In the New Testament, faith takes first of all the form of a movement. It is a concrete step a person takes, that of “coming to Jesus.” Perhaps we could even say that before being a “movement towards” it is more fundamentally a thirst, a desire: “If anyone is thirsty, let them come to me and drink, whoever believes in me” (John 7:37). If Saint John parallels “coming to” and “believing in” (cf. 6:35), he knows at the same time that this “coming to Jesus” depends in the final analysis upon a secret attraction that the Father has already exercised on a person’s heart (6:44).
Faith is thus concerned in the first place not with specific truths or with promises for the future, nor even with insights into the existence of a transcendent God. It begins by “going towards” the person of Jesus, and this “going” is often motivated by a thirst. Something is already secretly at work in the heart. It is already attracted to. With the incarnation, with the presence of Jesus as a human being, faith at first takes an extremely simple form: a desire can contain in itself the beginning of faith; a movement already represents the beginning of the road.
When Jesus is no longer in the midst of his disciples physically, the movement towards him is no longer expressed by changing one’s place—going towards him and then following him—as was the case before the resurrection. Whoever believes in him still takes a concrete step, but this step involves abandoning oneself to him, handing oneself over and leaving room for him. The paradox of faith thus becomes more evident: it is practically nothing and it is what matters more than anything else. It is a matter of opening the door of our heart to him constantly, while at the same time knowing that he is already inside. Is there anything poorer or more disinterested than that—opening the door to someone who is already there? Christ does not dwell within me like a stranger who wants to take my place. He is there as the one who loves me, who has put himself in my place, who in his love is, in the depths of my being, more myself than I am. And yet it is up to me to open the door to him constantly, for between him and me everything remains personal; nothing happens without me, automatically. Everything is of the nature of a living relationship.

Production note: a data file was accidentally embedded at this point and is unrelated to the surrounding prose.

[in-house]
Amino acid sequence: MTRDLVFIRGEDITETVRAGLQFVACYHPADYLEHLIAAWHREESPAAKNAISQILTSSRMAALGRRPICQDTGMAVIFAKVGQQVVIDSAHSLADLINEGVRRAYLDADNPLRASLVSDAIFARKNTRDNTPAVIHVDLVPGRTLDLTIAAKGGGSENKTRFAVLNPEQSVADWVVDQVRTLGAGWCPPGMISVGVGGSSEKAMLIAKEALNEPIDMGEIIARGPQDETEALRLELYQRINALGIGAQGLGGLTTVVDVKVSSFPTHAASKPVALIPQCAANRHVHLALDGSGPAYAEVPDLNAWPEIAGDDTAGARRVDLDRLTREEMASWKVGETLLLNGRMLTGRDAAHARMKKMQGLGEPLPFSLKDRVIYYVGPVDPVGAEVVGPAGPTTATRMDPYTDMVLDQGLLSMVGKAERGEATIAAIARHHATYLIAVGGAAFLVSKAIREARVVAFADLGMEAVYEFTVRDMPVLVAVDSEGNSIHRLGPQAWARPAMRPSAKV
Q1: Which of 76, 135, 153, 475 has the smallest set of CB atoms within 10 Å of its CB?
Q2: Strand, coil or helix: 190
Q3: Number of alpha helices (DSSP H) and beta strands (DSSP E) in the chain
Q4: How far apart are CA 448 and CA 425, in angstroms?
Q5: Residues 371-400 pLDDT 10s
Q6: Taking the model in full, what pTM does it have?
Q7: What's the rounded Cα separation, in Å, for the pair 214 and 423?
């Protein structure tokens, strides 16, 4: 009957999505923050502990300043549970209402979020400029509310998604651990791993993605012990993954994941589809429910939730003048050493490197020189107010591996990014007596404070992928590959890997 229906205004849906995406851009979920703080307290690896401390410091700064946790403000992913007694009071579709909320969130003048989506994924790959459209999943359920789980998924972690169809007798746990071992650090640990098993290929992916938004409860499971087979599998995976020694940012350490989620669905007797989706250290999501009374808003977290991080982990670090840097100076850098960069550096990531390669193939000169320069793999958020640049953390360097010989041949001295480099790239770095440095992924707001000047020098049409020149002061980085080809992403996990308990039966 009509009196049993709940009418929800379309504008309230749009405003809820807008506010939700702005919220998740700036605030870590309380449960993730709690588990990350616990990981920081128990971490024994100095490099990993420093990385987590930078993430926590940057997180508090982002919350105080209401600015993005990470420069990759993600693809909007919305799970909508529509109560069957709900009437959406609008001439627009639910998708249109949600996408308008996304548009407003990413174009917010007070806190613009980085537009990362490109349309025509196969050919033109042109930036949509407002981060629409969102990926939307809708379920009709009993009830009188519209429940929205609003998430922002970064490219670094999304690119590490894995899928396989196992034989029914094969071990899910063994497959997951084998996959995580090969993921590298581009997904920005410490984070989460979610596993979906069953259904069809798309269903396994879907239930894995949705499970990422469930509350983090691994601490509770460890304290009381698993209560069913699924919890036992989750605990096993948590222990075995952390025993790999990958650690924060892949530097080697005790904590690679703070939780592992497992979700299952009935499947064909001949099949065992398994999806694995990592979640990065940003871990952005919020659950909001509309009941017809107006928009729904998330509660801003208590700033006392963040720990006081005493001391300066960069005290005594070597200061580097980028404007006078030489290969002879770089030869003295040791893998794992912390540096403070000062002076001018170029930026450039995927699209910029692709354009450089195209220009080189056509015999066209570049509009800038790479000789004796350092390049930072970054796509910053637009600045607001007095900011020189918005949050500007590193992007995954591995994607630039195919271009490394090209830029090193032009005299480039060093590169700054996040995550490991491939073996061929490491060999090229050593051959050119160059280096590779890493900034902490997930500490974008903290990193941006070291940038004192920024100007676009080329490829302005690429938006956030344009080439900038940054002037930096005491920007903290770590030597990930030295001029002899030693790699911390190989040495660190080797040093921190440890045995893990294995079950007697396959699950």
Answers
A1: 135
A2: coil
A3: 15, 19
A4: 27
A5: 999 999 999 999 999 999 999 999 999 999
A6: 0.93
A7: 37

Saint Paul, for his part, employs a curious expression: “the faith of Christ” (e.g. Philippians 3:9). It thus does not only mean faith in Christ, either in the sense of recognizing who Christ is or in surrendering ourselves to him. There is more: faith comes from him as a gift; it is the faith of Christ and I receive it as that by which he unites me to himself and enables me to live like him. Here again, my part in faith seems almost nothing. And yet everything is given to me together with faith. This “almost nothing” determines my whole way of being.